NATO – beyond its scope of competencies and criteria for membership in the case of the Republic of Macedonia!

Some within the domestic context insist that a few days ago a historic turn has taken place for the Republic of Macedonia at the NATO Brussels Summit by declaring the accession talks as open. In paragraph 63 of the NATO’s Brussels Summit Declaration, there is a formulation and precondition for the successful termination of the accession talks. Granting full-membership is conditioned that reads as follows: ” Full implementation of all prescribed internal procedures with respect to the agreement on the solution of the name issue” ( See, https://www.nato.int/cps/en/natohq/official_texts_156624.htm). Others consider that the current Government of the Republic of Macedonia is exaggerating with the achievements since an invitation for the Republic of Macedonia to join NATO has been already extended at Bukuresht Summit in 2008, with a precondition to “mutually resolve the name issue” with Greece. (See, https://www.nato.int/docu/update/2008/04-april/e0403h.html).

Both abovementioned decisions issued by NATO subsequent to the Brussels and Bukuresht summit stress on a resolution to the name issue with Greece as the additional condition for membership.  The difference is that the Brussels Summit Declaration opens accession talks, but their successfulness is attached to the full implementation of the controversial “Name Agreement” signed in Prespa this June by both Greece and Republic of Macedonia. Implementation of this agreement encompasses entire constitutional, legal and administrative re-naming of the Republic of Macedonia to “Republic of North Macedonia”. A major legal consequence is that such re-naming has the erga-omnes effect or “towards all”, and is not only in regards to the internal usage but bilateral and multilateral as well. (See: http://www.ekathimerini.com/resources/article-files/aggliko-1.pdf)

Political discourse in the country following the signing of this controversial agreement has been packed with tensions and animosity. However, the purpose of this short commentary is not to analyse the political discourse, which is highly bi-polarized and could be identified as outright propaganda by the two opposing sides. A discourse or rhetoric that is a direct result of the name agreement, to which NATO refers in the abovementioned paragraph of the Brussels Summit Declaration. Notably, the division along the agreement is to those who oppose it and those who promote it as the best solution.  What is very much problematic within the Macedonian context is the complete lack of debate and discussion, based on objective and impartial critique, that is taken over by a highly idealised position on the agreement on the one side, and nationalistic rhetoric by another.  Either way, both opposing sides attempt to dominate the public opinion through approaches of personal attacks and propaganda.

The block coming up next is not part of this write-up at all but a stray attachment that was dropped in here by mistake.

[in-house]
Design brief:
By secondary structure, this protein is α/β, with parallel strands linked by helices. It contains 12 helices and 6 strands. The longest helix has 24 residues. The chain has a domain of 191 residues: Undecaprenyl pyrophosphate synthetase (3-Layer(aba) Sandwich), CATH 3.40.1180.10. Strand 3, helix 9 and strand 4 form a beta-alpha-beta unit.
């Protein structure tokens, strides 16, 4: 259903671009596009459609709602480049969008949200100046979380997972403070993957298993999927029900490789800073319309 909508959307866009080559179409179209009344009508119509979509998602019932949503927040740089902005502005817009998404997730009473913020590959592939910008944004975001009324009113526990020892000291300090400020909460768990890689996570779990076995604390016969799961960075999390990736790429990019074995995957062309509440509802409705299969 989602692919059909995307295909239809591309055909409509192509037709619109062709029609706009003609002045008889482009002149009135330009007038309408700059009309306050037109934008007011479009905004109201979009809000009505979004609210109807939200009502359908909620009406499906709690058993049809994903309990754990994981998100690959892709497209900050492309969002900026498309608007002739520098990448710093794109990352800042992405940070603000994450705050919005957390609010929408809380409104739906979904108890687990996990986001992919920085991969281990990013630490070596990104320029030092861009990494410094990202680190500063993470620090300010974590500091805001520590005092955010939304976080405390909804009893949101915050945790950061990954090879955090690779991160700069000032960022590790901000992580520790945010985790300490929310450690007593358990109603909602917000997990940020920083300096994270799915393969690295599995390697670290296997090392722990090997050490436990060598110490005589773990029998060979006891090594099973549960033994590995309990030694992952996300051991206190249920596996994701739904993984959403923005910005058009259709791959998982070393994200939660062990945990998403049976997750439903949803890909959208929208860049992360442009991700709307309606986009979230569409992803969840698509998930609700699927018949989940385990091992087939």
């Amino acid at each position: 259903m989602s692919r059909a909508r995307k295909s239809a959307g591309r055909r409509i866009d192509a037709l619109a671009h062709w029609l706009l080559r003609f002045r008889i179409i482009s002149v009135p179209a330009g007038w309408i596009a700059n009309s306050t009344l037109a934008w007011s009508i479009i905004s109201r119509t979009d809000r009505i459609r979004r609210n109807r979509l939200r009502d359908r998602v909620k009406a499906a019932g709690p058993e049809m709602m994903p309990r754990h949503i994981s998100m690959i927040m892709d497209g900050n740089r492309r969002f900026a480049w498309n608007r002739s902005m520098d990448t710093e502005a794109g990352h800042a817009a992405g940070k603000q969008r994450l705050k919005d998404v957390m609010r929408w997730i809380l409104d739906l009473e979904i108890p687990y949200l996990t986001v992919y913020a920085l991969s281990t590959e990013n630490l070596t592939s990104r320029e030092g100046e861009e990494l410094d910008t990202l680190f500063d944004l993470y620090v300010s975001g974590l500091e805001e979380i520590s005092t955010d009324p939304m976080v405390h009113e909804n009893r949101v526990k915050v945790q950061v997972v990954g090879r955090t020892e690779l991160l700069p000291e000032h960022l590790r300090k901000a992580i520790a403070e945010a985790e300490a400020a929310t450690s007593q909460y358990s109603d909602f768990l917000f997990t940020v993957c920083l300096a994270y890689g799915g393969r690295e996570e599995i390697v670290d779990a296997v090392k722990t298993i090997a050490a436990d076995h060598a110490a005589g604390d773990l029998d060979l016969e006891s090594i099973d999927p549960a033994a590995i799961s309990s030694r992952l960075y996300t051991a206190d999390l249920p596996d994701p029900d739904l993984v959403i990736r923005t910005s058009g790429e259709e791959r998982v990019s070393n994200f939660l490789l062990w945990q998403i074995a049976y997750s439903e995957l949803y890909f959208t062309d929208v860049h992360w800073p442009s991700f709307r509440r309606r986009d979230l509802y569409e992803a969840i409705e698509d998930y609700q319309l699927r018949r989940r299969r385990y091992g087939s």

The dispute between Greece and the Republic of Macedonia is a legal and political precedent in the international community. It is important to emphasize that is of bilateral character and not of multilateral one. This division is important since NATO as an organization is a multilateral regional organization. Hence, my positioning mainly will be focused on looking at the normative and authoritative decisions related to UN and NATO, and particularly ICJ judgement. By discussing whether NATO as a regional organization could impose additional conditions for admittance to membership.

Accession to NATO represents admittance to the membership of an organization which is different from the recognition of states mostly being a bilateral act. Membership in an organization is subject to previously prescribed formal rules which are mainly enshrined in the treaties establishing the said organization. In the case of NATO, this represents the North Atlantic Treaty Organization known as well as the Washington Treaty(https://www.nato.int/nato_static/assets/pdf/stock_publications/20120822_nato_treaty_en_light_2009.pdf ). Washington Treaty is based and enshrines the principles and purposes of the UN Charter for maintenance of peace and security, resolution of disputes in a peaceful manner and refraining of use of force in international relations. These are the qualitative criteria for membership. Procedural criteria are included in the Article 10 and 11  respectively and involve: unanimous decision to invite other European states to membership, depositing the instrument of accession to the US as being the repository of the treaty and the ratification of the Washington Treaty in accordance to the various constitutional practices. The substantive criteria precede the procedural.